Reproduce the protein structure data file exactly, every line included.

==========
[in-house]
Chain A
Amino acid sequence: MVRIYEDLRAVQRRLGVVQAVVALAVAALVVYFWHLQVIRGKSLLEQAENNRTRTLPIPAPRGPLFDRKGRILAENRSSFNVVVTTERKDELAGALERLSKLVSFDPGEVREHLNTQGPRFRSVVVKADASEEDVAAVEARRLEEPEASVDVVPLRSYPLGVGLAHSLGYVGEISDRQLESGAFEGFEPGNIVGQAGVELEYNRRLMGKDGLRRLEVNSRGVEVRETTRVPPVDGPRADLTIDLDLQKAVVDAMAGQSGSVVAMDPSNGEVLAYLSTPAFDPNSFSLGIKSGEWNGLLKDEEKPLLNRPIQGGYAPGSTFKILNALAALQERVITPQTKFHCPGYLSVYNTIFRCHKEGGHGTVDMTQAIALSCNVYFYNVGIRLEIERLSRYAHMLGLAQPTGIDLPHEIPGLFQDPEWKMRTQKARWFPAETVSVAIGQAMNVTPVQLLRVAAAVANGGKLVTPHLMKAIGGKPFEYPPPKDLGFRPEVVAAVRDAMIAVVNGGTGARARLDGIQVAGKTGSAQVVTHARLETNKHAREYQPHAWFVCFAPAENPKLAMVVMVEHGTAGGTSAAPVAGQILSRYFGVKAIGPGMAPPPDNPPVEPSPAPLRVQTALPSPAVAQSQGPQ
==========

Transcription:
[in-house]
Chain A
Amino acid sequence: MVRIYEDLRAVQRRLGVVQAVVALAVAALVVYFWHLQVIRGKSLLEQAENNRTRTLPIPAPRGPLFDRKGRILAENRSSFNVVVTTERKDELAGALERLSKLVSFDPGEVREHLNTQGPRFRSVVVKADASEEDVAAVEARRLEEPEASVDVVPLRSYPLGVGLAHSLGYVGEISDRQLESGAFEGFEPGNIVGQAGVELEYNRRLMGKDGLRRLEVNSRGVEVRETTRVPPVDGPRADLTIDLDLQKAVVDAMAGQSGSVVAMDPSNGEVLAYLSTPAFDPNSFSLGIKSGEWNGLLKDEEKPLLNRPIQGGYAPGSTFKILNALAALQERVITPQTKFHCPGYLSVYNTIFRCHKEGGHGTVDMTQAIALSCNVYFYNVGIRLEIERLSRYAHMLGLAQPTGIDLPHEIPGLFQDPEWKMRTQKARWFPAETVSVAIGQAMNVTPVQLLRVAAAVANGGKLVTPHLMKAIGGKPFEYPPPKDLGFRPEVVAAVRDAMIAVVNGGTGARARLDGIQVAGKTGSAQVVTHARLETNKHAREYQPHAWFVCFAPAENPKLAMVVMVEHGTAGGTSAAPVAGQILSRYFGVKAIGPGMAPPPDNPPVEPSPAPLRVQTALPSPAVAQSQGPQ